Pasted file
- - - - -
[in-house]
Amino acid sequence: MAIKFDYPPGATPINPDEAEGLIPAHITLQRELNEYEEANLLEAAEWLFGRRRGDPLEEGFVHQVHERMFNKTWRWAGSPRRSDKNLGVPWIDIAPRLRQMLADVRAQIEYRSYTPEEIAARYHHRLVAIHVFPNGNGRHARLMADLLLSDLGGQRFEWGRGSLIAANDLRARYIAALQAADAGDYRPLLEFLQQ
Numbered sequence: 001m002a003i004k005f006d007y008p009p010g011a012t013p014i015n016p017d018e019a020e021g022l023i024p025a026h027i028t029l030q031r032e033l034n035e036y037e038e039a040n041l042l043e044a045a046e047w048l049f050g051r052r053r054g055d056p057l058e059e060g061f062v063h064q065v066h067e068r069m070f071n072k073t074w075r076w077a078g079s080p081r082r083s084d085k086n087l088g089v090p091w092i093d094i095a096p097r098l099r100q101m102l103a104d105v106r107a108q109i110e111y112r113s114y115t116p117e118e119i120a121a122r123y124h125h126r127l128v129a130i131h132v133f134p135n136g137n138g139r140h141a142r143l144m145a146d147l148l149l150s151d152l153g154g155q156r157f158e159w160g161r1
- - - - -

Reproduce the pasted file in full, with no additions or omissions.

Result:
[in-house]
Amino acid sequence: MAIKFDYPPGATPINPDEAEGLIPAHITLQRELNEYEEANLLEAAEWLFGRRRGDPLEEGFVHQVHERMFNKTWRWAGSPRRSDKNLGVPWIDIAPRLRQMLADVRAQIEYRSYTPEEIAARYHHRLVAIHVFPNGNGRHARLMADLLLSDLGGQRFEWGRGSLIAANDLRARYIAALQAADAGDYRPLLEFLQQ
Numbered sequence: 001m002a003i004k005f006d007y008p009p010g011a012t013p014i015n016p017d018e019a020e021g022l023i024p025a026h027i028t029l030q031r032e033l034n035e036y037e038e039a040n041l042l043e044a045a046e047w048l049f050g051r052r053r054g055d056p057l058e059e060g061f062v063h064q065v066h067e068r069m070f071n072k073t074w075r076w077a078g079s080p081r082r083s084d085k086n087l088g089v090p091w092i093d094i095a096p097r098l099r100q101m102l103a104d105v106r107a108q109i110e111y112r113s114y115t116p117e118e119i120a121a122r123y124h125h126r127l128v129a130i131h132v133f134p135n136g137n138g139r140h141a142r143l144m145a146d147l148l149l150s151d152l153g154g155q156r157f158e159w160g161r1